There are also limits on how large you can build your in-law unit. This usually depends on the size of your lot, and your existing home, as well as the degree of coverage on your property. In general, ADUs can’t exceed 50% of the size of the main home.
You can’t build your in-law unit with a radically different architecture to your existing home. Essentially, any additional structure needs to fit in with your current design and style.
Additionally, in-law units cannot be used for short-term rental without a Conditional Use Permit, and they can’t be taller than 18 feet.
When it comes to tenancy, you can’t list one dwelling unit for rent or lease. This applies especially to single-family residential zones. Both your primary home and accessory dwelling units can’t be separately occupied if you live on the property.
How to Create My In-Law Unit’s Design?
Building an ADU doesn’t end in processing the permit. This home remodeling project needs to be designed and built in a way that’s consistent with the existing home.
Here are some tips on how to build an ADU that’s in line with your existing design.
- When designing your in-law unit, be particular with its exterior look. It needs to match your primary home’s architectural features and utilize the same exterior color palettes and materials.
- Consider specifics when choosing the most appropriate paint or siding for exterior walls. This includes things like the right windows and doors, and don’t forget your base and trim.
- Place your front door at the side or rear of your dwelling unit, and add complementing lighting.
- Landscaping should also be a priority. Garden components, such as grass, trees, and shrubs, are considered softscaping. Hardscape, on the other hand, focuses on fences, decks, and patios. This is important because you want your ADU to be visually appealing, after all.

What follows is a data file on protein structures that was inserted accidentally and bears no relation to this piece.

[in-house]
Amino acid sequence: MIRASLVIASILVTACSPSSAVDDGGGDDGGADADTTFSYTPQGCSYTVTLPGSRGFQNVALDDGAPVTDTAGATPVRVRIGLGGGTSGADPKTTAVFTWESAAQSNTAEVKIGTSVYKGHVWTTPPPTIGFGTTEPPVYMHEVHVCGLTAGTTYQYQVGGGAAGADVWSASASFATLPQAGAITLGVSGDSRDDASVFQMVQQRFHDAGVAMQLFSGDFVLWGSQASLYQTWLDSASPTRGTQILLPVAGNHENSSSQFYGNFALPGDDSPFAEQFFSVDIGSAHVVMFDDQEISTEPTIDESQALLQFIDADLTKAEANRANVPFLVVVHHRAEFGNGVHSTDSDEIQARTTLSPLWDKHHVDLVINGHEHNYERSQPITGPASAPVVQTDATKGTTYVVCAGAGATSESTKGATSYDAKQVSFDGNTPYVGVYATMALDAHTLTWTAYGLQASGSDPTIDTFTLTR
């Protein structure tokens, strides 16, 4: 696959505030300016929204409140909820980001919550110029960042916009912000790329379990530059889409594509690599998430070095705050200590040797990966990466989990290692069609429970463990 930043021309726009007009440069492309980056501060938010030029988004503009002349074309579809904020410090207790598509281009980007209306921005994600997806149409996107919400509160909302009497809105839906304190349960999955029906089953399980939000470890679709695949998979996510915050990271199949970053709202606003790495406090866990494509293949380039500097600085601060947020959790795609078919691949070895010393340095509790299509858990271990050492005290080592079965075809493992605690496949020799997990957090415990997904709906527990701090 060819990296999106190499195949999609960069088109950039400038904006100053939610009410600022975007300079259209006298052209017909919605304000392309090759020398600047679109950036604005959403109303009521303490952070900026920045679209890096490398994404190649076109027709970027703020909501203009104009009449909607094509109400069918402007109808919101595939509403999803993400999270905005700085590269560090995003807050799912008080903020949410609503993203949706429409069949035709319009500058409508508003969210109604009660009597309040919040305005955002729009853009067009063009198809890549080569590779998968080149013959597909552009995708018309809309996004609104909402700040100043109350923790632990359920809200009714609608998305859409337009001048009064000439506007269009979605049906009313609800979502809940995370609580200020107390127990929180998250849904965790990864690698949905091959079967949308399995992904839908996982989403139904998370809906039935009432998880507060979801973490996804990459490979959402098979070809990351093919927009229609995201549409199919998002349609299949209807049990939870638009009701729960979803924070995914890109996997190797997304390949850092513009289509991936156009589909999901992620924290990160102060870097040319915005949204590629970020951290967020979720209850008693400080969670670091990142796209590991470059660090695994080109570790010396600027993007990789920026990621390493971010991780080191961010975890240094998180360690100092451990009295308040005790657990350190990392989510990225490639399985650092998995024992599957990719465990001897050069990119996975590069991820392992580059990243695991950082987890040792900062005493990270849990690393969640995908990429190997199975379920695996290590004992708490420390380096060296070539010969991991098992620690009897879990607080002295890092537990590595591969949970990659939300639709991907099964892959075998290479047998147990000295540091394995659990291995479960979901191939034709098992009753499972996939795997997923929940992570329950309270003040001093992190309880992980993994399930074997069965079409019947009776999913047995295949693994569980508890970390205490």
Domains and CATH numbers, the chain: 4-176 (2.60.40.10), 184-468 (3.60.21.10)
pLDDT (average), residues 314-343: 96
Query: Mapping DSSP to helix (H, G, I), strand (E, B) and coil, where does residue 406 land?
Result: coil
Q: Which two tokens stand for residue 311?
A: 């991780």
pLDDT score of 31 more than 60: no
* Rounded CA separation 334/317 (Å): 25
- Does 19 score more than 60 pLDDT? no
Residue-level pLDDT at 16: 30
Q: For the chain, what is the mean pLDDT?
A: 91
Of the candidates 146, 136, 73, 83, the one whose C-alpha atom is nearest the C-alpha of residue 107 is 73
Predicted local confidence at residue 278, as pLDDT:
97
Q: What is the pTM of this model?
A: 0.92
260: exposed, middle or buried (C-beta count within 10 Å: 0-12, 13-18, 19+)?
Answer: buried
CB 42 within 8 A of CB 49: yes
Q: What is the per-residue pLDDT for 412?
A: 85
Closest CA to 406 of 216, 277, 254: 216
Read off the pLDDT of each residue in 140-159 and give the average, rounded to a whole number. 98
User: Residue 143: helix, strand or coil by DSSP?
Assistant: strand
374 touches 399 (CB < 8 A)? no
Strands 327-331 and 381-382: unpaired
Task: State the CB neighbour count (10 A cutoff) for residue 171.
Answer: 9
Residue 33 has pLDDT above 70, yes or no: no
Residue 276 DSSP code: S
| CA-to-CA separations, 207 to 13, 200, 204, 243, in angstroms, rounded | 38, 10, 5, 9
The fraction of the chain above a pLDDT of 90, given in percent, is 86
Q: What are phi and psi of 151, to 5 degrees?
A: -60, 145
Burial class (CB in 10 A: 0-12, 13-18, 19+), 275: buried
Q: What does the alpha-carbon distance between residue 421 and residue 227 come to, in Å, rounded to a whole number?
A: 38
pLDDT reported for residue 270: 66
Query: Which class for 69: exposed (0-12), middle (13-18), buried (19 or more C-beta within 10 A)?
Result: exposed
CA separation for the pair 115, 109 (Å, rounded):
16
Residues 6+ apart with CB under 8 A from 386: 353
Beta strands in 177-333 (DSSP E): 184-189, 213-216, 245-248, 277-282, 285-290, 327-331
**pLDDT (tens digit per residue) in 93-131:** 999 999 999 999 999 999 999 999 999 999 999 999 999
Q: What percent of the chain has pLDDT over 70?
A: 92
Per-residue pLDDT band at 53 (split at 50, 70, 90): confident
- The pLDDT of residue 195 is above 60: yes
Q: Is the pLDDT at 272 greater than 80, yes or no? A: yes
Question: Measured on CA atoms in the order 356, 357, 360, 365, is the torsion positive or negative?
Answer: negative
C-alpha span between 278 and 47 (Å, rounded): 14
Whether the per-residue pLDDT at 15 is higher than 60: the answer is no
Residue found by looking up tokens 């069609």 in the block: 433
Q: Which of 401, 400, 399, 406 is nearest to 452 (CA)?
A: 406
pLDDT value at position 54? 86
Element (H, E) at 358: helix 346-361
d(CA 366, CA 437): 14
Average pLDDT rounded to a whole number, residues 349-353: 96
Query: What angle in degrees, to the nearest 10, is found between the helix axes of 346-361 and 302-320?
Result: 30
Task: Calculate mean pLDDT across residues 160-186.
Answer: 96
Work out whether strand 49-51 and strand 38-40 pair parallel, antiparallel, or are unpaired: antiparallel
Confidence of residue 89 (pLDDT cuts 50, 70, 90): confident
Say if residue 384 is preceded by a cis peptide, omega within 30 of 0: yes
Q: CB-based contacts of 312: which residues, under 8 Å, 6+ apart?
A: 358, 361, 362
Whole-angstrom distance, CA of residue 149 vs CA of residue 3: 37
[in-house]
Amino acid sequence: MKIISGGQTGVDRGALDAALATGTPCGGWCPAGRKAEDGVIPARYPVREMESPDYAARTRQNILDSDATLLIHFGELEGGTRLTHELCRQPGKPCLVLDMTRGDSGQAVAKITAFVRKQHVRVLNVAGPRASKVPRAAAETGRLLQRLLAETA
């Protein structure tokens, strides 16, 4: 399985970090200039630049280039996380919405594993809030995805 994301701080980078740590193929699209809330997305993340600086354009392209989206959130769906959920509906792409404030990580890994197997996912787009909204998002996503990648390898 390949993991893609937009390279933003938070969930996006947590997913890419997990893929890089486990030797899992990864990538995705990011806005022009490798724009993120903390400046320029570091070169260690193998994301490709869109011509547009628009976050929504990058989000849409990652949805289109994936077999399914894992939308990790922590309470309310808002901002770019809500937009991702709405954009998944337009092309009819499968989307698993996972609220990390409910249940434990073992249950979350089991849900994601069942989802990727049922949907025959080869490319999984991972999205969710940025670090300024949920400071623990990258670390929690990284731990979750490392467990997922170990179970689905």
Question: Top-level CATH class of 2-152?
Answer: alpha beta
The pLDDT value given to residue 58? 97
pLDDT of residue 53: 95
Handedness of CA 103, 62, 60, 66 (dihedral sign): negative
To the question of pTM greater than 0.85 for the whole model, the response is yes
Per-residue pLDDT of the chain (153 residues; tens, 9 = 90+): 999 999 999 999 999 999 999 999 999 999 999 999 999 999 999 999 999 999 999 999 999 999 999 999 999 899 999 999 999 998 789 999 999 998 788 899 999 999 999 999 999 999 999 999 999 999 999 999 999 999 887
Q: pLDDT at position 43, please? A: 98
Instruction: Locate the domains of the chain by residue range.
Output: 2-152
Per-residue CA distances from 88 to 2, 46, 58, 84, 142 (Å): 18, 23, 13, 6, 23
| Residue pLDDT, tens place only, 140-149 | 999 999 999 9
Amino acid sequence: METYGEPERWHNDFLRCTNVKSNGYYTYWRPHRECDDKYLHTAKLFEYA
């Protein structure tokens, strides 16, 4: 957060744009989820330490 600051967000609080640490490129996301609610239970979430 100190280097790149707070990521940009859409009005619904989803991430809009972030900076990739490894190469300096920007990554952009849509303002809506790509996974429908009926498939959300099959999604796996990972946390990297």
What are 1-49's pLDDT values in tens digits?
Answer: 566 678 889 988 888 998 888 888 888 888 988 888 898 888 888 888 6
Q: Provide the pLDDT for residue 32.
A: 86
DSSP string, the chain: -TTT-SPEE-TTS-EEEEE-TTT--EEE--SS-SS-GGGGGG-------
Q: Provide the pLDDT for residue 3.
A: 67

- Parking should have an alternative paving treatment, whether it’s colored concrete, pavers, or permeable paving. This is applicable for expanded driveways too.
- Similarly, ADUs need to be designed with mechanical, electrical, and plumbing needs in mind, as these will be integrated into the final structure.
What if I Want to Convert My Garage to an ADU?
Want to make use of an existing garage? That’s a doable home remodeling project, for sure! Here’s what you can and can’t do when converting your space.
- For garages, regulations depend on whether you keep the door or not. If you decide to keep the existing door, make sure not to change the external appearance of your garage. This means you won’t be able to cut new windows or doors, or add hardscape elements.
- However, if you decide not to keep your garage door, feel free to add windows or other architectural elements that match the current details in your home.
Related Content: Small Project, Huge Impact: How Small Home Remodeling Changes Can Make A Big Difference
There’s More than Structure to Consider
When considering the design for your ADU, think about how it will be used. How many people will live there? What are their needs? Take into account things like fire sprinklers, or integrating sustainable design elements.
Building an ADU for home remodeling has obvious benefits, but it’s essential to work with an experienced contractor. If you’re considering adding an in-law unit to your Walnut Creek property, we’re happy to answer any questions you have about the process. Contact us online, or at (925) 885-3770.